The Official Blog of Author Tristan Vick
Robert E. Howard and On Creating the Barbarian Woman: A Look at the Origins of the Female Action Hero
Robert E. Howard's work on Conan, Krull, and Solomon Kane is often lamented by literary elites as containing too many muscle-bound heroes and deliberate womanizing of scantily clad and nubile young women.
And, to a large degree, this is true. The books do contain a large amount of this kind of sexual exploitation, so to speak.
Conan often finds himself in situations where these nubile young women either throw themselves at him or he subdues, seduces, or rescues the woman thereby winning her affection.
And it's always just affection and love making. Never is a real romance formed. Essentially, Conan is the stereotypical hero who gets the girl in the end--as one would win a trophy--in most of his stories.
It's not hard to see how some might think Howard's writing is dated by the patriarchal views of his day. Sexist, sometimes degrading, views of women characters.
But was Howard using this trope because he knew how to write to the pulp market of his day, or did he really think such things about women?
It's a mistake for a reader or a critic to believe that the depiction of characters in an author's book reflects the personal beliefs of the author. I mean, with that mindset if you read Howard's "The Frost Giant's Daughter," you might mistakenly believe he was comfortable with the notion of rape.
In my personal favorite Conan story, "The Frost Giant's Daughter" the character chases a gossamer-clad goddess across the icy plains of the North, defeats ice giants, and then subdues the girl and tears her clothes off threatening to have his way with her before her deity father intervenes--effectively resetting all time and space and wiping Conan's memory of the event--granted, a much greater violation.
Some might consider the story Howard's most risque tale for how close it comes to depicting a scene of rape if they had no capacity to read between the lines, that is. The story is much more nuanced, however.
In reading it you'll find that it mainly reads as a metaphor for man's triumph over nature, the gods, and the old way.
It also shows that, like Prometheus, Conan's perseverance is never-ending. He literally comes to the brink of madness because he will not give up his pursuit of subduing a literal goddess--which he eventually does.
It is a testament to man's free will and of not being dominated by the gods who mock and insult him, where Conan triumphs. He defeats every obstacle the goddess throws at him, including illusions, avalanches, and ice giants.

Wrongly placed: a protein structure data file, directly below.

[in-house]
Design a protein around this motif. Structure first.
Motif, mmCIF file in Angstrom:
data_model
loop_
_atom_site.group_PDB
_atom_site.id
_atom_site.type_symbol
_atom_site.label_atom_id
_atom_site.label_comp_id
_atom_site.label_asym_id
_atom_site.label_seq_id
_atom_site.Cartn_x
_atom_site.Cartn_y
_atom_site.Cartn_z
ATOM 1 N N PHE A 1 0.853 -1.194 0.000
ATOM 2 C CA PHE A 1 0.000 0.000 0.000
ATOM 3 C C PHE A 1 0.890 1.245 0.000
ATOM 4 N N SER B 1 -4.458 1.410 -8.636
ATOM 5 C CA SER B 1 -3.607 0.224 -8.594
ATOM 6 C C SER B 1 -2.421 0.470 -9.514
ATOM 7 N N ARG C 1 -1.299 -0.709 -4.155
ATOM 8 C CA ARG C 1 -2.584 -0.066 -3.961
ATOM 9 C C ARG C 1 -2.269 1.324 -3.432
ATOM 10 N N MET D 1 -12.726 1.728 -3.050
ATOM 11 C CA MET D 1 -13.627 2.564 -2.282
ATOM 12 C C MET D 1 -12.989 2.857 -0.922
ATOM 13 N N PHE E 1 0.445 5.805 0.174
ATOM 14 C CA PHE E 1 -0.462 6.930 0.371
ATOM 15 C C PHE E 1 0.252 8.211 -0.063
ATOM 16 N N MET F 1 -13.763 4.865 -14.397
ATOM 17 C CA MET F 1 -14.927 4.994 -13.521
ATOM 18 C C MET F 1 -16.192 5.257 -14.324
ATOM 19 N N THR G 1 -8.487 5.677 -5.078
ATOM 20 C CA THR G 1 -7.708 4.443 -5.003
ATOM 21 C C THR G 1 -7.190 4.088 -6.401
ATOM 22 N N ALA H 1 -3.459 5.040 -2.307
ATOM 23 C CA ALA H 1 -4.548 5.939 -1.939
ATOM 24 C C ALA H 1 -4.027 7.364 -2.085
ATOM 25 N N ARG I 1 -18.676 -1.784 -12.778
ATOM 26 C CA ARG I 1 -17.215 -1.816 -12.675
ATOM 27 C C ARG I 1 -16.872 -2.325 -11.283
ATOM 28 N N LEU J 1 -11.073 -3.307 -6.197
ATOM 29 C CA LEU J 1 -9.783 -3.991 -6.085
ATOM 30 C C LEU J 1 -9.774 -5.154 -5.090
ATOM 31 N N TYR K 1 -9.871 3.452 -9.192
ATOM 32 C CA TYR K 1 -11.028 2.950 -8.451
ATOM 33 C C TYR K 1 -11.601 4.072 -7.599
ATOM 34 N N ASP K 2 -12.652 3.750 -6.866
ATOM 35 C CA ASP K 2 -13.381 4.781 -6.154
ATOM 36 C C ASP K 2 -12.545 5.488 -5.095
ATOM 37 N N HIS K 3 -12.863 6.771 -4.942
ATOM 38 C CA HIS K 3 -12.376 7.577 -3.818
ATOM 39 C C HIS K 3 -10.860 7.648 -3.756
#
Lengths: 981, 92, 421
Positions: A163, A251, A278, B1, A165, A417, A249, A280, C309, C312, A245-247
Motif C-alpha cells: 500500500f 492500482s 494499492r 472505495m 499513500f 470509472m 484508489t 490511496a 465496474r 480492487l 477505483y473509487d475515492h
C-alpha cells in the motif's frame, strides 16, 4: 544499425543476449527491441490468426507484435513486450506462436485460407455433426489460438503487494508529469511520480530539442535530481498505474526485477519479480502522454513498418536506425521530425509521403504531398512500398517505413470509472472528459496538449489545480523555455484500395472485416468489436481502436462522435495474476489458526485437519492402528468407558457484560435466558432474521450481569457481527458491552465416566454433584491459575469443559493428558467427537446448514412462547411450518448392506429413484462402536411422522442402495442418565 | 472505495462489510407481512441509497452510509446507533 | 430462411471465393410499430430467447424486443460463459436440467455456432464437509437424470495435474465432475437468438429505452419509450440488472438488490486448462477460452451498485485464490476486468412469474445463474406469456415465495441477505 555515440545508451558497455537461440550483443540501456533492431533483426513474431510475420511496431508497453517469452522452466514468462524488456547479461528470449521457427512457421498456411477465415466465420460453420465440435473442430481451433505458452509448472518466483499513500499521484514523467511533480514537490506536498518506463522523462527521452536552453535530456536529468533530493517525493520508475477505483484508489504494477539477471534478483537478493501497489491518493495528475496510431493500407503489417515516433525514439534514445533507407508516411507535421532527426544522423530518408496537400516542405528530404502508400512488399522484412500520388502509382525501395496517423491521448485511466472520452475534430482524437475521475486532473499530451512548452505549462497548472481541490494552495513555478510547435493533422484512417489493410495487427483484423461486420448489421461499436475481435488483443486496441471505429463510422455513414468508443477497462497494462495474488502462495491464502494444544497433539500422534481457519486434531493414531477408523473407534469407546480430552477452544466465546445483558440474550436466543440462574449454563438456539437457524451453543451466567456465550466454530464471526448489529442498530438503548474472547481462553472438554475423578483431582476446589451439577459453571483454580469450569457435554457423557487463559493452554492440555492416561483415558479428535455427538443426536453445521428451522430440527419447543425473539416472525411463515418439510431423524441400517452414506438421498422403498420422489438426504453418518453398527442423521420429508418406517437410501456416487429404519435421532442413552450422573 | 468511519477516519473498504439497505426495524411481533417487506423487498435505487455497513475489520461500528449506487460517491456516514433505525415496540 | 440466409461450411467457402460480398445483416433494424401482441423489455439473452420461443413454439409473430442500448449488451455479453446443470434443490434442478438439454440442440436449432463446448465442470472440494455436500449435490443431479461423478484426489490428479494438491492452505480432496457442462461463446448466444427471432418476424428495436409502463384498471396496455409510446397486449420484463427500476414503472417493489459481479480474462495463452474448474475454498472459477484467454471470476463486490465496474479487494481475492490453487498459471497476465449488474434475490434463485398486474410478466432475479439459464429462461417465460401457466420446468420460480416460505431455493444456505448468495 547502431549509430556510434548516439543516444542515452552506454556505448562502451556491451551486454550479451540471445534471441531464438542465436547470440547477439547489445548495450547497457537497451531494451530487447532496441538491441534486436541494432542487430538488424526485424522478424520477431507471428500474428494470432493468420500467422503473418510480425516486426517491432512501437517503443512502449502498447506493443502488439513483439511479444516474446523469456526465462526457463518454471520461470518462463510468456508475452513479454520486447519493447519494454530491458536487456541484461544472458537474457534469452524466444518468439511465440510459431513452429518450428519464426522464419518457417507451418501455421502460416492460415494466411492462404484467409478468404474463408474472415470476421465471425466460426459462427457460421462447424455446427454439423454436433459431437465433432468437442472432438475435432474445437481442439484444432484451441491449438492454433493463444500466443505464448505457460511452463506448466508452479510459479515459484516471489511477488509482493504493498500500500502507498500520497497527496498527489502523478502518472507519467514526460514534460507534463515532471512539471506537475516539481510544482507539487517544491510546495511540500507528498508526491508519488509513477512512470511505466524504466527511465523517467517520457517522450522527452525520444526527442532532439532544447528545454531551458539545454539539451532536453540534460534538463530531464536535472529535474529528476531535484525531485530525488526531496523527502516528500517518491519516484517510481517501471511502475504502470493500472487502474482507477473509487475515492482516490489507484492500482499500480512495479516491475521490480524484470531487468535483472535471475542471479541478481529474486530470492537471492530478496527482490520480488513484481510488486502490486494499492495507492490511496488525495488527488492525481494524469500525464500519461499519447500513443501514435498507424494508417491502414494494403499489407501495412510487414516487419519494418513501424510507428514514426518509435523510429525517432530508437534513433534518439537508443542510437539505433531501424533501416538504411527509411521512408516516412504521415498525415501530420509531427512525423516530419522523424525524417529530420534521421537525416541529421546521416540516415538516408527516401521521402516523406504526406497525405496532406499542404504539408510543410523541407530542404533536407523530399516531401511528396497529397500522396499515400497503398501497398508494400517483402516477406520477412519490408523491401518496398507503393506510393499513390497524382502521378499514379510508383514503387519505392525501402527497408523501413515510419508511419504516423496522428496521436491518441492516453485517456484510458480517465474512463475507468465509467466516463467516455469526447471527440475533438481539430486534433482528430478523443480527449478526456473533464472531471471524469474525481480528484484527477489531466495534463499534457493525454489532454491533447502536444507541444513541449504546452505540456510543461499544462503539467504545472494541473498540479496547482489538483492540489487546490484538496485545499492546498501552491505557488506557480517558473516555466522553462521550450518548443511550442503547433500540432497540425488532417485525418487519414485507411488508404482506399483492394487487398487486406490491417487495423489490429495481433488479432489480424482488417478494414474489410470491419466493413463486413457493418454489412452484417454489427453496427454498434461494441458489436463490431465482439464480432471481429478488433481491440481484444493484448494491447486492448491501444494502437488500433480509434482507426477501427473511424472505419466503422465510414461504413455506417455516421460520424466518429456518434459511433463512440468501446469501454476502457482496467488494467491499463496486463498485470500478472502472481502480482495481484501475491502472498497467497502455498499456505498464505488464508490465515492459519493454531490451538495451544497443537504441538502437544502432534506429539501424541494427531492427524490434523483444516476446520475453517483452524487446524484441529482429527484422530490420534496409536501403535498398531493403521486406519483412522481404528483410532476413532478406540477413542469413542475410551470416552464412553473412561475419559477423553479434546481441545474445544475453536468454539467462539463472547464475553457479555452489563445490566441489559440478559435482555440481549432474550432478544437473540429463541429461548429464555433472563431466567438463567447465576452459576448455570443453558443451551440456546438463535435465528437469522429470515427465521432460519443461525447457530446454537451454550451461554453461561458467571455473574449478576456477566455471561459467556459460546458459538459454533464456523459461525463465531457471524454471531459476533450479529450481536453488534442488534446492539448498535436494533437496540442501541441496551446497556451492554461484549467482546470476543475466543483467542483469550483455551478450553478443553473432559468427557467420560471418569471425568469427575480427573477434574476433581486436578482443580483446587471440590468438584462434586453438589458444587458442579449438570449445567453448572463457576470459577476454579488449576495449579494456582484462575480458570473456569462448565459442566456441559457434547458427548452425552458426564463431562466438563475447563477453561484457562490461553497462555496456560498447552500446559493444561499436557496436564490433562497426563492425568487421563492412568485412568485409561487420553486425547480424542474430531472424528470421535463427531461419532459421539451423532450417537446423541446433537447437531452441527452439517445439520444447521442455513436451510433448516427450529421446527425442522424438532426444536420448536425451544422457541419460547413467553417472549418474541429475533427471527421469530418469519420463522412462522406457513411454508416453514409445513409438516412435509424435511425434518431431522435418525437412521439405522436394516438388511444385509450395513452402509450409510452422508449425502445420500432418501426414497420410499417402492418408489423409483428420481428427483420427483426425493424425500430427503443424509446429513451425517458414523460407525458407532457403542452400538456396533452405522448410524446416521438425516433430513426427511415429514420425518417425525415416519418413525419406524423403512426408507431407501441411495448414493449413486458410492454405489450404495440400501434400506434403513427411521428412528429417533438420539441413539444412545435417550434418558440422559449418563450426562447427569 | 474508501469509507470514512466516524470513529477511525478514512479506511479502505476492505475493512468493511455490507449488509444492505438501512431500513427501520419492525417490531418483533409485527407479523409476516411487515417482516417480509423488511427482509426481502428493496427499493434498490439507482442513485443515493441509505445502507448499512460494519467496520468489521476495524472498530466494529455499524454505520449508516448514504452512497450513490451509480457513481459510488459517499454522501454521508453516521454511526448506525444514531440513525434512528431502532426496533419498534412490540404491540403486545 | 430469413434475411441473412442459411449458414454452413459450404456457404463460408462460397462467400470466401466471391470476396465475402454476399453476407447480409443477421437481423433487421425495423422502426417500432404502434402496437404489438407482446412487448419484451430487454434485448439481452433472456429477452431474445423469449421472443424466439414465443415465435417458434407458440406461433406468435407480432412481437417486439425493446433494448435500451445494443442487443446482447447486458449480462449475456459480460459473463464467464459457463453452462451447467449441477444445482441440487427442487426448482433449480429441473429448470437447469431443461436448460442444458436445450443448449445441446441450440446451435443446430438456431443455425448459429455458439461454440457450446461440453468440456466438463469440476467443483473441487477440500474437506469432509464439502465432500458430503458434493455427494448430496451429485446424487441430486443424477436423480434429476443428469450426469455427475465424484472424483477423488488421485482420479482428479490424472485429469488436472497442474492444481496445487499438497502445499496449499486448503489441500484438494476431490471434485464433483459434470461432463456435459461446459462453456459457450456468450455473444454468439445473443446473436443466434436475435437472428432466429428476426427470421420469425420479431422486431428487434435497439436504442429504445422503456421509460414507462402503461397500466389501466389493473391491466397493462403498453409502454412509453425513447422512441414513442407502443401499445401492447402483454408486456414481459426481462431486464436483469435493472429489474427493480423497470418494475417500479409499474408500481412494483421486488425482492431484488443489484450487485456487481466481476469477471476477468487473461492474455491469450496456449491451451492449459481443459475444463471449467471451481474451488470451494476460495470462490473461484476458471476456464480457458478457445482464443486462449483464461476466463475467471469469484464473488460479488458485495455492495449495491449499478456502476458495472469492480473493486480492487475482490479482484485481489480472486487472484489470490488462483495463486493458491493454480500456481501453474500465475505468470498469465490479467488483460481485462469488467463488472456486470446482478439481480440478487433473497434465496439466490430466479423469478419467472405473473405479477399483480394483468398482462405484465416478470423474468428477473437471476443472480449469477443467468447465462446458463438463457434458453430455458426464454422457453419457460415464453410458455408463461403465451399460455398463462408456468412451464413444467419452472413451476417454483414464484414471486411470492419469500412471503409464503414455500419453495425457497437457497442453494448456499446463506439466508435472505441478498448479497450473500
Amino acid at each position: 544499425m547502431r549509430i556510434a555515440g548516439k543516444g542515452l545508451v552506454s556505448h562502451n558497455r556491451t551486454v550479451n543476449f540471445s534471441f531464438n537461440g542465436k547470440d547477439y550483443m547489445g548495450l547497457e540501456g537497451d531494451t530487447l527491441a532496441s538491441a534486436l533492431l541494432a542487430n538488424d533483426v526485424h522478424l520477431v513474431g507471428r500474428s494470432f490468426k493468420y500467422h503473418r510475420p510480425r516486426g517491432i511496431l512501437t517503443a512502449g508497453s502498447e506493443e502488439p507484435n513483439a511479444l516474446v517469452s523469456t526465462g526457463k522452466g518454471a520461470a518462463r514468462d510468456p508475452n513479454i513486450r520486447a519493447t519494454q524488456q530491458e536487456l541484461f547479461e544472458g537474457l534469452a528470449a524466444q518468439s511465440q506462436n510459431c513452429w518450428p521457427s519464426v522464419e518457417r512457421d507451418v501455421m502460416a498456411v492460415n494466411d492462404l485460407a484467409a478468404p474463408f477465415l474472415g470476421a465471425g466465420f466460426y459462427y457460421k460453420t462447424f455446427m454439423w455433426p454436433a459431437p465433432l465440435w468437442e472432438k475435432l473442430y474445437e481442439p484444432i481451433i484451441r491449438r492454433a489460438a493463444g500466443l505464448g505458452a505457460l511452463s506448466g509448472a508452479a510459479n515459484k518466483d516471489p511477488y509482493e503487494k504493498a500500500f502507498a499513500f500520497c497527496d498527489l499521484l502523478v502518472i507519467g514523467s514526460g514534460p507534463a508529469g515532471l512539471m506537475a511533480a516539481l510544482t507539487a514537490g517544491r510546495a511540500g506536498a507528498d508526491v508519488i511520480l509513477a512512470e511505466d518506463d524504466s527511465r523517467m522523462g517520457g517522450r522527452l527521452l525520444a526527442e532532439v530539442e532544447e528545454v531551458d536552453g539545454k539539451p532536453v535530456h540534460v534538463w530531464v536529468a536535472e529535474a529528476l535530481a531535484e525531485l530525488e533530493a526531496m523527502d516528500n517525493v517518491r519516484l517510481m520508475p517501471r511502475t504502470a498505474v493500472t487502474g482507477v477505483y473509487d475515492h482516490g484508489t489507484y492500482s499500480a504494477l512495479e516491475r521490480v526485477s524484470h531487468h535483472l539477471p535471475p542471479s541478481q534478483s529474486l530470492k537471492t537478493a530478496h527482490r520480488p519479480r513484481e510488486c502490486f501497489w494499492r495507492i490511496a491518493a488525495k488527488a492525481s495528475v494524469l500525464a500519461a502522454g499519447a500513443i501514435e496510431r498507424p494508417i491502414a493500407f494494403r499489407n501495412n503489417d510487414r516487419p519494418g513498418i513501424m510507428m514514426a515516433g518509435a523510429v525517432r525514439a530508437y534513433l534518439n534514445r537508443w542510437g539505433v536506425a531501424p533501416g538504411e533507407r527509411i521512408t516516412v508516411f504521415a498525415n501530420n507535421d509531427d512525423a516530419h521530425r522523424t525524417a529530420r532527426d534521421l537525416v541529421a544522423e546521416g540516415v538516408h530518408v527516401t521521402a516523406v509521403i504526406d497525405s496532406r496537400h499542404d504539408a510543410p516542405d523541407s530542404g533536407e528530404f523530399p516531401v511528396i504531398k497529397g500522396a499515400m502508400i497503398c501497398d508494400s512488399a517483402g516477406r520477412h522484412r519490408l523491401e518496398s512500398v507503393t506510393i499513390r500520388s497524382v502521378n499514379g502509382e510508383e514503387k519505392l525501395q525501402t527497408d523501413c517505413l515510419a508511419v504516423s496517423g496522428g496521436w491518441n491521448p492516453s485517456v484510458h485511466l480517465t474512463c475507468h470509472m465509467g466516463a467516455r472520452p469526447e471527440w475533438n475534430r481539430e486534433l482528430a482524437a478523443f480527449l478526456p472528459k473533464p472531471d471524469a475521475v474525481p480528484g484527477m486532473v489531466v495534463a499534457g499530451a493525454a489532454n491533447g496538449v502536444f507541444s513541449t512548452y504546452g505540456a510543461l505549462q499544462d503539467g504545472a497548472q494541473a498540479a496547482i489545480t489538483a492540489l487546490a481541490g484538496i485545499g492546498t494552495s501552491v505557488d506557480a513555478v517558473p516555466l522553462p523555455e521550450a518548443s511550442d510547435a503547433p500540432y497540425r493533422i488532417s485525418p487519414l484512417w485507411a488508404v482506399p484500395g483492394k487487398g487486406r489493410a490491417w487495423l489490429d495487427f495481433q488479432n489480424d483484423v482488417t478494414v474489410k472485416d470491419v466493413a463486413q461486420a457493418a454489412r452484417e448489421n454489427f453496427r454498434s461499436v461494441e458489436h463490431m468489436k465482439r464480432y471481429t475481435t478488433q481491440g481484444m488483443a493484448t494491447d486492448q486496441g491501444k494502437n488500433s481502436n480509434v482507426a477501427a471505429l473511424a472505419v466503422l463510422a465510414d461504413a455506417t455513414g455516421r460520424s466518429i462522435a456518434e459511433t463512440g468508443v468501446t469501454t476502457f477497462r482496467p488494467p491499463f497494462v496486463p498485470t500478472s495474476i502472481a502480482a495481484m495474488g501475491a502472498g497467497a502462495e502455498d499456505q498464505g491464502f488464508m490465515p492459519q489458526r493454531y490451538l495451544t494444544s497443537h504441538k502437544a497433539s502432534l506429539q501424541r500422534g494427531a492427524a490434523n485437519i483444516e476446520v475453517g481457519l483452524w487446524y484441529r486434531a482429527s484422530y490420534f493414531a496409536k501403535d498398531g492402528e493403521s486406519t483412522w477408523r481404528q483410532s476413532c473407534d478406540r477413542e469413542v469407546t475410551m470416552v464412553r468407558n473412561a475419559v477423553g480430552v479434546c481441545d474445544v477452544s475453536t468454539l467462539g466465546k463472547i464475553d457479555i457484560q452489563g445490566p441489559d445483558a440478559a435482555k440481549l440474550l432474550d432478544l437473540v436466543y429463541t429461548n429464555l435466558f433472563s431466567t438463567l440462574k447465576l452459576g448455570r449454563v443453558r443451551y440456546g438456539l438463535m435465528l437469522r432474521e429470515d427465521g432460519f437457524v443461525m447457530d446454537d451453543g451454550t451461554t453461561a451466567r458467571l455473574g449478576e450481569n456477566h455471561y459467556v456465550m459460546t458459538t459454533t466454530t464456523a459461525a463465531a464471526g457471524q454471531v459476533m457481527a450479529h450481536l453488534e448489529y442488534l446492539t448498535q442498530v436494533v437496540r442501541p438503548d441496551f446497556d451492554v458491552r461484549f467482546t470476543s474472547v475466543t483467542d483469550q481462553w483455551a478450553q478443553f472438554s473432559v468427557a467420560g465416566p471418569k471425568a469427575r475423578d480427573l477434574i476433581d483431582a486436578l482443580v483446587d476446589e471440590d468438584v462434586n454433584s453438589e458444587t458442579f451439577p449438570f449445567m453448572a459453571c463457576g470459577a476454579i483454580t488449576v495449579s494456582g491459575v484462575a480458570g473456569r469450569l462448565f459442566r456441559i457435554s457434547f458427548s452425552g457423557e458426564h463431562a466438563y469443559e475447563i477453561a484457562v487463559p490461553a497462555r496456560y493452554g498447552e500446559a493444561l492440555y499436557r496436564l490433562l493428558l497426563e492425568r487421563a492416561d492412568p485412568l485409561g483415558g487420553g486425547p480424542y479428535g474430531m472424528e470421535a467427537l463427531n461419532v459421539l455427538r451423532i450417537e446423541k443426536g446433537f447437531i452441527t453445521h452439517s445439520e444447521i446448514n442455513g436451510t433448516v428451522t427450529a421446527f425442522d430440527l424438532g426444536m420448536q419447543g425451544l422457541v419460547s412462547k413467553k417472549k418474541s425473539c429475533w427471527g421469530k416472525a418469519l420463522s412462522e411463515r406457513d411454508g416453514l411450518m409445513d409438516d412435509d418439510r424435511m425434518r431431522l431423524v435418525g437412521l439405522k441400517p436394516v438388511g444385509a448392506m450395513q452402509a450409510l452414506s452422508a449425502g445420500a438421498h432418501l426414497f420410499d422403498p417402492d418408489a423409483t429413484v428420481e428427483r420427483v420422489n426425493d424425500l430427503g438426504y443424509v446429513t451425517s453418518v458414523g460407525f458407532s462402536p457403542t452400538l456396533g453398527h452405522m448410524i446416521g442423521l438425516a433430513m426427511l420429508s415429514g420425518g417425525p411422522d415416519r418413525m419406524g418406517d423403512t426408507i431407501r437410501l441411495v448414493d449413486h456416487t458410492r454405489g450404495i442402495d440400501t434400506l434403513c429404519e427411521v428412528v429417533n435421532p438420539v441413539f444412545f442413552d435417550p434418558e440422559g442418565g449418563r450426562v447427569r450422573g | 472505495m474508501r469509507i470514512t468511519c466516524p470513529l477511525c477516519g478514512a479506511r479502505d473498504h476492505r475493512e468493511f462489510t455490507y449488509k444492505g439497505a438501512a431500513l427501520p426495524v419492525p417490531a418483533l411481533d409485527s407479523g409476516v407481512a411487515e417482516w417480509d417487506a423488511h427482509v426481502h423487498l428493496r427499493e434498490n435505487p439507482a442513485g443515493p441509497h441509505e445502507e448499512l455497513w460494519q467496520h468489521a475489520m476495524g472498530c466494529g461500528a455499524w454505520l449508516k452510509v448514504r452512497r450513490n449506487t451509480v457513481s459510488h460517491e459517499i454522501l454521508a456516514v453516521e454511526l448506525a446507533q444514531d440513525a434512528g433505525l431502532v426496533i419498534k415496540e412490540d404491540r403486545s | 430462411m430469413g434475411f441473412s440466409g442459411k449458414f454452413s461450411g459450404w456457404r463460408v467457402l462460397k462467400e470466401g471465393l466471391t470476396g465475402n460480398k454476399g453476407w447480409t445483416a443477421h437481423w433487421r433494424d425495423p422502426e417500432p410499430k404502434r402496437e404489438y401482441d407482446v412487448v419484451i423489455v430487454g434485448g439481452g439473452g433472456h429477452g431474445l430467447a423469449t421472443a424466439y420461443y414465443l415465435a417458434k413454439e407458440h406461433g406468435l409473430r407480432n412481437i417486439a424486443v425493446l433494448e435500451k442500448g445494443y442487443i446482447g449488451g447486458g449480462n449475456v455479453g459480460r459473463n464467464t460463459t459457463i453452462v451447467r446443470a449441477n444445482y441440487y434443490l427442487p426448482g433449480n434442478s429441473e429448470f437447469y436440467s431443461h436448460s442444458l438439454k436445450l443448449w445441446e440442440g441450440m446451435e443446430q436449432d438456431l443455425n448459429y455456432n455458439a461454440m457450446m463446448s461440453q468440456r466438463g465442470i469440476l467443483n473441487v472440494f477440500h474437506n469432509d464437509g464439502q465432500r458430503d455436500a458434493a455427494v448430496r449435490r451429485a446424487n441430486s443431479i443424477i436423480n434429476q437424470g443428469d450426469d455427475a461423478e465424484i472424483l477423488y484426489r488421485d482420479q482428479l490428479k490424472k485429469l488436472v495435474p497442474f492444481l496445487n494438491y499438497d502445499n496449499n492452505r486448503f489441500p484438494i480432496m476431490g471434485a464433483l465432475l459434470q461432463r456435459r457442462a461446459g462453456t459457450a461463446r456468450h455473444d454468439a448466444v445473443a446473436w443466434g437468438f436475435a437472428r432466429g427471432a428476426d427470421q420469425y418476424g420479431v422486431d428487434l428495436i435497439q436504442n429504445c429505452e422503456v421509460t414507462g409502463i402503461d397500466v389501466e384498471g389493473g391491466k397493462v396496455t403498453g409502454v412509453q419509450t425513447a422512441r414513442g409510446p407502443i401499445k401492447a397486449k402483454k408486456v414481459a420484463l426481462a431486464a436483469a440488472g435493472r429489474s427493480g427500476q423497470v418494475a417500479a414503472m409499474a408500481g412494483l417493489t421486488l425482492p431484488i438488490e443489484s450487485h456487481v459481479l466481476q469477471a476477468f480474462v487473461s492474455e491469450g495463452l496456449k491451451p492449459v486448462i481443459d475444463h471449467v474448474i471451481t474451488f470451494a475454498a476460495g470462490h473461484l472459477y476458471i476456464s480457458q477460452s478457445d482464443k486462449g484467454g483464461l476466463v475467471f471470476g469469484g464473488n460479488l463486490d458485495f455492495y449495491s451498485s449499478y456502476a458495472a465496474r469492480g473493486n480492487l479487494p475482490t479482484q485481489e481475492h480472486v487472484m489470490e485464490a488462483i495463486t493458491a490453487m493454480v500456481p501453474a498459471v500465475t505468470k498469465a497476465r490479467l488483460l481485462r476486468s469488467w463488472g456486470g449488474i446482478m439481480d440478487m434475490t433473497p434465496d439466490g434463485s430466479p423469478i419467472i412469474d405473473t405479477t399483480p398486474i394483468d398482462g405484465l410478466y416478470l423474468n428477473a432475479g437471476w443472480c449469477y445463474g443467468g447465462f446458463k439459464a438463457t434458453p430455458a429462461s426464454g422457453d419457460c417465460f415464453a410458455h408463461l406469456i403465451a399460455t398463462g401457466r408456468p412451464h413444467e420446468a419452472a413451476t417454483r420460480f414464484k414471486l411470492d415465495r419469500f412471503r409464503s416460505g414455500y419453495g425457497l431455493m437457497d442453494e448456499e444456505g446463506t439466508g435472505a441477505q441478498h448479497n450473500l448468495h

But the story ends with a twist. It is Conan that is robbed of his experience, not the girl.
Perhaps it's worth mentioning that Robert E. Howard was the only author to actually get stories starring powerful women published in his day. I'm talking about women protagonists taking the lead and carrying an entire story. Those kinds of stories simply weren't being published in the 1920s.
Pulp fiction, it's true, was dominated mainly by masculine, testosterone-charged male heroes, in a seemingly closed-off men's club that didn't allow girls to play.
But many of Howard's stories featured strong female leads that were equal to and rivaled their male counterparts. Even Conan played second fiddle on more than one occasion.
In "The Queen of the Black Sails" we see Conan become a lowly crew member of an infamous pirate queen, of which the story is about. In "Red Nails," Conan is assisted by the swordswoman, Valeria, who kills nearly everything in sight and is as every bit as deadly as he is.
In "The Shadow of the Vulture" Conan is assisted by Red Sonja of Rogatino and the heroine Dark Agnes de Chastillon, who starred in her own ongoing series.
An amalgamation of these characters would later lead to the modern version of Red Sonja, who becomes so iconic as to rival even Conan's fame. She has since gained multiple versions of her own comic book series and a big budget Hollywood movie -- all representing the iconic barbarian woman who is just as good with the sword as any man. An archetype encapsulating female strength and beauty is born.
Indeed, Robert E. Howard showed complex views with regard to women in a time dominated by outmoded patriarchal views. Dark Agnes de Chastillon had her own ongoing series published in a time where almost no female heroines were being written about in pulp fiction. And this, thanks in a large part, to the imagination and talent that was Robert E. Howard.
Another fascinating article on Robert E. Howard and his views regarding women can be found >>here<<.